Diary of an Accidental Wallflower is the first book by Jennifer McQuiston that I read and I really, really enjoyed it! I also love that this book is the start of a new series so I don’t have to go and read the backlist (I may be reading her other series backlist, though!).
Diary of an Accidental Wallflower has a unique plot. I love that the hero, Daniel Merial, is an up and coming doctor, and not someone who was well established. I love that he was shown as someone of humble means who had a very rich Duchess for a client who not only became his friend but also introduced him as a doctor in society.
Clare Westmore is a typical lady, a daughter of a viscount and is on the marriage mart trying to snag a Duke! She sprains her ankle at a ball and Dr. Merial comes to her rescue. Of course, his interest is strictly business BUT he cannot stop his attraction to this seemingly shallow lady. Clare seems like she is a typical spoiled miss at first and it took me a while to warm up to her. However, I really loved reading about Dr. Merial so I read on! I am so glad that I did!
Initially, there wasn’t much of a chemistry between Daniel and Clare but I love the gradual change in their relationship.
Definitely one of the best books I have read this year!
Tonight, she thought fiercely. Tonight would be the night when he asked for more than just a dance. And that was why it was very important for her to tread carefully, until he was so irrevocably smitten she could risk the introduction of her family.
“I do admire him,” she admitted, her mind returning reluctantly to the present. “I just do not want him to see me looking like…” Clare glanced down at her grass-stained skirts, and picked at a twig that had become lodged in the fabric. “Well, like this.”
Lucy frowned. “I scarcely think his admiration should be swayed by a little dirt.”
“And you didn’t look like that before you dove behind that bush,” Geoffrey pointed out. “Stunning bit of acrobatics, though. You ought to apply to the circus, sis.”
“I didn’t dive behind the bush.” Clare battled an exasperated sigh. She couldn’t expect either of them to understand. Lucy still flitted through life not caring if her hair was falling down. Such obliviousness was sure to give her trouble when she came out next year. Clare herself couldn’t remember a time when she hadn’t been acutely aware of every hair in its place, every laugh carefully cultivated.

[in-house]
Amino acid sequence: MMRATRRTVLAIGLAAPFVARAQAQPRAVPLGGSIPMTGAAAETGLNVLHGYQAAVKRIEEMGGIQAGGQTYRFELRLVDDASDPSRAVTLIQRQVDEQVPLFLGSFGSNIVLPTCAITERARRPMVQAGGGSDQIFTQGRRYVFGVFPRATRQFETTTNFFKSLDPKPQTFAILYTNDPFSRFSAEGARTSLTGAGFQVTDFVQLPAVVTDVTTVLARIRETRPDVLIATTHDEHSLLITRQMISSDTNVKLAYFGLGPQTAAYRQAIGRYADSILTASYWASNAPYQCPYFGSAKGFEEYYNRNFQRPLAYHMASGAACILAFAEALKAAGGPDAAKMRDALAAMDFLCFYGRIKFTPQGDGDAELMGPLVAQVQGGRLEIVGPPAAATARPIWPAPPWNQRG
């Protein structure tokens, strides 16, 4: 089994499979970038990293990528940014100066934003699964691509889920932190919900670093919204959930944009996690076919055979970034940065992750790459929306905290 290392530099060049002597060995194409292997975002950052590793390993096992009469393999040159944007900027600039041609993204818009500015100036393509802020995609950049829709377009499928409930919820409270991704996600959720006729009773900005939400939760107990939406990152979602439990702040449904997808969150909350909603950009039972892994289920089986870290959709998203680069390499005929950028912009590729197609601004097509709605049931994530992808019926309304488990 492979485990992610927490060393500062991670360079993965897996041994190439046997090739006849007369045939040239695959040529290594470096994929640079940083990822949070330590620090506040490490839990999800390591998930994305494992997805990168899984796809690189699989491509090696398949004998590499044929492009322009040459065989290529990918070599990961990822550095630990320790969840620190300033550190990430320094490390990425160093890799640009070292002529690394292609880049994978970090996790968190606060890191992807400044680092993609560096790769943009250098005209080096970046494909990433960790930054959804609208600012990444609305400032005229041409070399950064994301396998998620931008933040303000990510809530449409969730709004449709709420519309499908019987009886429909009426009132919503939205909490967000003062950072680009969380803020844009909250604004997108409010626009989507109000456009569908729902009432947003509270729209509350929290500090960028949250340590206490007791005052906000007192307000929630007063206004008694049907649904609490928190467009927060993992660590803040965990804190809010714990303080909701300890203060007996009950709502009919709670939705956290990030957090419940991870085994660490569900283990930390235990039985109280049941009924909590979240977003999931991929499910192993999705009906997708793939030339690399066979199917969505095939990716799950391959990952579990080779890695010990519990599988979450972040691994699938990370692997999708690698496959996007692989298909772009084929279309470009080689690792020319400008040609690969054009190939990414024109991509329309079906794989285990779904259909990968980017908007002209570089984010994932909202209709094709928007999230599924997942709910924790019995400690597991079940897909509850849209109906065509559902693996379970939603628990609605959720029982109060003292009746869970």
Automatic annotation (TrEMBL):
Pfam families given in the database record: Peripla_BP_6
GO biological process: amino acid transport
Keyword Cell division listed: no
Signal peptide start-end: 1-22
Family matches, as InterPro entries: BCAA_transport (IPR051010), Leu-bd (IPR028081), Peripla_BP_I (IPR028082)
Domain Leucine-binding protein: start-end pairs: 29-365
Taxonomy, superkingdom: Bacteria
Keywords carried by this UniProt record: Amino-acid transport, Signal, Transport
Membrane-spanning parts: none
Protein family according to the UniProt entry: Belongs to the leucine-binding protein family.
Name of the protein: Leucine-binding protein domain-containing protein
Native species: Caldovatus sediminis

And Geoffrey was… well… Geoffrey.
Loud, male, and far too crude for polite company.
As a child, the pronounced differences between herself and her siblings had often made her wonder if perhaps she had been a foundling, discovered in a basket on the front steps of her parents’ Mayfair home. She loved her siblings, but who wouldn’t sometimes squirm in embarrassment over such a family?
And what young woman wouldn’t dream of a dashing duke, destined to take her away from it all and install her within the walls of his country estate?
Clare took a step, but as her toe connected with the ground, the pain in her right ankle punched through the annoyance of her brother’s banter. “Oh,” she breathed. And then, as she tried another step, “Ow! I…I must have twisted my ankle when I fell.”
“I still say you dove,” Geoffrey smirked.
Lucy looked down with a frown. “Why didn’t you say something?” she scolded. “Can you put any weight on it at all?”
“I didn’t realize at first.” Indeed, Clare’s mind had been too much on the threat of her looming social ruin to consider what damage had been done to her person. “And I am sure I can walk on it. Just give me a moment to catch my breath.”
She somehow made her way to a nearby bench, ducks and geese scattering like nine-pins. By the time she sat down, she was gasping in pain and battling tears. As she slid off her dainty silk slipper, all three of them peered down at her stocking-encased foot with collective indrawn breaths. Geoffrey loosened an impressed whistle. “Good God, sis. That thing is swelling faster than a prick at a bawdy show.”
“Geoffrey!” Clare’s ears stung in embarrassment, though she had to imagine it was an apt description for the swollen contours of her foot. “This is not Eton, we are not your friends, and that will be quite enough.”
“Don’t you have Lady Austerley’s ball tonight?” Lucy asked, her blue eyes sympathetic. “I can’t imagine you can attend like this. In fact, I feel quite sure we ought to carry you home and call for the doctor, straight away.”
But Clare’s mind was already tilting in a far different direction. This evening’s ball hadn’t even crossed her mind when she had been thinking of the pain, but now she glared down at her disloyal ankle. No, no, no. This could not be happening. Not when she was convinced Mr. Alban would seek her out for more than just a single dance tonight.
It didn’t hurt so much when she was sitting.
Surely it would be better in an hour or so.
“Of course I can go.” Clare struggled to slip her shoe back on, determined to let neither doubts nor bodily deficiency dissuade her. “Just help me home, and don’t tell Mother,” she added, “and everything will be fine.”